Other early examples of writing contests can be found in Chinese poetry. For example, one of the first poems from famed Tang Dynasty poet Du Fu describes a poetry competition dating to around 730 AD. Considering that humans love competitions and contests, it seems likely there were many more poetry and drama contests than survive in the historical record.
But despite this long history and the benefits of writing contests, my first instinct toward them is to be suspicious. With so many people wanting to be authors, quite a few writing contests turn out to be merely scams. One of the most infamous was the International Library of Poetry, which continually ran poetry contests and claimed to publish the best poems in their anthologies. However, in reality they published every poem sent to them and charged poets high prices to purchase crappy books containing their poems.
A general rule of thumb on writing contests is that writers shouldn’t pay entry fees. The Million Writers Award, for example, has no entry fee; neither does the Writers of the Future contest (although there has been some criticism of the contest for ties to L. Ron Hubbard’s Scientology religion). If you must enter a writing contest that charges a fee, make sure the contest has a reliable track record and that it offers enough prize money and recognition to make the fee reasonable.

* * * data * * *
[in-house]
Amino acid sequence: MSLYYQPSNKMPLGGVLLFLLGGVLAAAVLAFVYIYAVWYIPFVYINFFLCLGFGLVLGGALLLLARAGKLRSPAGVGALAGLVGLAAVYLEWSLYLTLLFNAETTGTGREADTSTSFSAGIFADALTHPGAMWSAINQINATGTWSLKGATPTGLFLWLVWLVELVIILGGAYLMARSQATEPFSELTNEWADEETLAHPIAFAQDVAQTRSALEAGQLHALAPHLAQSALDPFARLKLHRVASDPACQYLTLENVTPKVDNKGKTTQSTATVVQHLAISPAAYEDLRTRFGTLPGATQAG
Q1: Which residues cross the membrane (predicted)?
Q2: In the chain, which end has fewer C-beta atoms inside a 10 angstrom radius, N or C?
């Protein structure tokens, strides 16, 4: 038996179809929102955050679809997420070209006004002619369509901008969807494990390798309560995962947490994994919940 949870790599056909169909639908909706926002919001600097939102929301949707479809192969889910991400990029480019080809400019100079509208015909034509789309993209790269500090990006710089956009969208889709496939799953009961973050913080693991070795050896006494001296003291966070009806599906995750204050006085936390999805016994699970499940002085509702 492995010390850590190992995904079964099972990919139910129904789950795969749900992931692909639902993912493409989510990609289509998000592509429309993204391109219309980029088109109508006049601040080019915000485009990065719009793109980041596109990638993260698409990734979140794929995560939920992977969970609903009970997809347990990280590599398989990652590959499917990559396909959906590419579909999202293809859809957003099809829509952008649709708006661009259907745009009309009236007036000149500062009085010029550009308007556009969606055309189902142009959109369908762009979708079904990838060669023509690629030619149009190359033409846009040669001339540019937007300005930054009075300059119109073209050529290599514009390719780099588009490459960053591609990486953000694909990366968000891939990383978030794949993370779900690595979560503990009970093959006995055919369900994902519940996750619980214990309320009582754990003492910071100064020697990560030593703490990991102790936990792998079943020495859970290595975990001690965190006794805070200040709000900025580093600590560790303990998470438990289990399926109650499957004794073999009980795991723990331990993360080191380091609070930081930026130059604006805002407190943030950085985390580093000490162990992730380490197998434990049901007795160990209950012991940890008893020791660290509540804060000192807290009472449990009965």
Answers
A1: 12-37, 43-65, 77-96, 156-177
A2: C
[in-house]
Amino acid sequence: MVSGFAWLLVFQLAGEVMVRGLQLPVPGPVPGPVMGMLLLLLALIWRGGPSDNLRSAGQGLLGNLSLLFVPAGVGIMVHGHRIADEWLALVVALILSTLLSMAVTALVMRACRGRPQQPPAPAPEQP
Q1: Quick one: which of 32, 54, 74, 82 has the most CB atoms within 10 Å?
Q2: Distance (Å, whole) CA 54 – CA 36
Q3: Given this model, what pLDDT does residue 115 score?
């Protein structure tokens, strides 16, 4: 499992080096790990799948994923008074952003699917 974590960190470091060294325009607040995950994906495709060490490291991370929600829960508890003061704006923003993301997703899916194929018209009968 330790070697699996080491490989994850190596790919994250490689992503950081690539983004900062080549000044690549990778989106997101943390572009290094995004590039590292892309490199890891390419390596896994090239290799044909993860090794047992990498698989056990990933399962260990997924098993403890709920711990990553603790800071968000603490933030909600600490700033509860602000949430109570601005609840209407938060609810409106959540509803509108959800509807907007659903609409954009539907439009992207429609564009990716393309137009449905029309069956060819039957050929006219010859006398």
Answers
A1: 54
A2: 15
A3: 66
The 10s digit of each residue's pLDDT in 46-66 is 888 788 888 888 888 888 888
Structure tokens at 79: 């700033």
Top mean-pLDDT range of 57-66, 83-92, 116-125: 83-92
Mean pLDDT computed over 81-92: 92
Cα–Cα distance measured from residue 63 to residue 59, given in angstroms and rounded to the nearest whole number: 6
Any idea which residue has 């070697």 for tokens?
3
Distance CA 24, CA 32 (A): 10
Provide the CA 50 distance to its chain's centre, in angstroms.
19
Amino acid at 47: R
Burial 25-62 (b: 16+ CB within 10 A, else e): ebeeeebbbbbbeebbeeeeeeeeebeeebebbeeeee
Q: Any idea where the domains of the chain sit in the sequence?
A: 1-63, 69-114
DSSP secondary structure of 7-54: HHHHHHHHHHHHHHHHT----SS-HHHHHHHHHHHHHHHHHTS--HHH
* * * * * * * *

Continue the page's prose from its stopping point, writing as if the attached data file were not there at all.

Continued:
Yet even if writing contests can be a great thing for authors, that doesn’t address my overall concern with why writers embrace the contests. Call it the Camelot syndrome. There is a deep human yearning for some higher power to pluck us from our obscurity and raise us to the heights of achievement, and this urge naturally also exists among writers. And writing contests are seen by many as a great way to scale the literary heights.
But as in so much of life, instant success is rarely a good thing. Who hasn’t heard of lottery winners who, after claiming their $100 million dollar prize, spiraled out of control and eventually rued the day they won the money. This likewise happens in the literary world. We all know of authors who wrote a great first novel or story but never again wrote anything comparable. Or the authors who hit the heights of popularity with a certain type of novel and from that point on their writing stopped developing and growing.
The reason this happens is simple—the path to becoming a great writer is long and continually turns upon itself. The struggle to become a better writer is what results in you actually becoming a better writer. Nothing can short-circuit this process, which takes different amount of time for each author.
So yes, writing contests can be a great thing and may help advance authors toward their goals. But don’t believe in the Camelot myth of writing contests. They are not there to raise you to the literary heights—and even if they do, that may not be the best path to take as a writer.
Jason Sanford is a Nebula Award nominated author whose science fiction stories have been published in a number of magazines and books, including Interzone, Asimov’s and Analog. His website is www.jasonsanford.com.